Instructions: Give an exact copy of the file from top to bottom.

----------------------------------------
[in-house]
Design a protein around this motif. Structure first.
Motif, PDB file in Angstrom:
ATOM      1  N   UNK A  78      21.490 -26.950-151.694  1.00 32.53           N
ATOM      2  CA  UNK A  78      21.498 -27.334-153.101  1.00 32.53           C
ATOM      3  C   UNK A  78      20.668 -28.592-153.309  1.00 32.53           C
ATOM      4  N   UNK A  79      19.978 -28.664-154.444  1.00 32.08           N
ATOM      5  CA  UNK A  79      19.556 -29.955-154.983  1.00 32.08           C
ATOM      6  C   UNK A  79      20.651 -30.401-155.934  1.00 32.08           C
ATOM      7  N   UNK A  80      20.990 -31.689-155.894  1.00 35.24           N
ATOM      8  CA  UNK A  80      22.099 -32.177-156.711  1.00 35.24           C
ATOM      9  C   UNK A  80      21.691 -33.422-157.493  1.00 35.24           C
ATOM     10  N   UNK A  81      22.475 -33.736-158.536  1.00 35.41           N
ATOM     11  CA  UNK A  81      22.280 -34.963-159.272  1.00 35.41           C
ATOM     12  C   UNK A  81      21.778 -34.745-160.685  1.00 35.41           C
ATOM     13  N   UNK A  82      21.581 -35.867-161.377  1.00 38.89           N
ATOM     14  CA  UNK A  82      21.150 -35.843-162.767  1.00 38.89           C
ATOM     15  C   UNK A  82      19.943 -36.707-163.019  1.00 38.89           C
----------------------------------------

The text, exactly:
[in-house]
Design a protein around this motif. Structure first.
Motif, PDB file in Angstrom:
ATOM      1  N   UNK A  78      21.490 -26.950-151.694  1.00 32.53           N
ATOM      2  CA  UNK A  78      21.498 -27.334-153.101  1.00 32.53           C
ATOM      3  C   UNK A  78      20.668 -28.592-153.309  1.00 32.53           C
ATOM      4  N   UNK A  79      19.978 -28.664-154.444  1.00 32.08           N
ATOM      5  CA  UNK A  79      19.556 -29.955-154.983  1.00 32.08           C
ATOM      6  C   UNK A  79      20.651 -30.401-155.934  1.00 32.08           C
ATOM      7  N   UNK A  80      20.990 -31.689-155.894  1.00 35.24           N
ATOM      8  CA  UNK A  80      22.099 -32.177-156.711  1.00 35.24           C
ATOM      9  C   UNK A  80      21.691 -33.422-157.493  1.00 35.24           C
ATOM     10  N   UNK A  81      22.475 -33.736-158.536  1.00 35.41           N
ATOM     11  CA  UNK A  81      22.280 -34.963-159.272  1.00 35.41           C
ATOM     12  C   UNK A  81      21.778 -34.745-160.685  1.00 35.41           C
ATOM     13  N   UNK A  82      21.581 -35.867-161.377  1.00 38.89           N
ATOM     14  CA  UNK A  82      21.150 -35.843-162.767  1.00 38.89           C
ATOM     15  C   UNK A  82      19.943 -36.707-163.019  1.00 38.89           C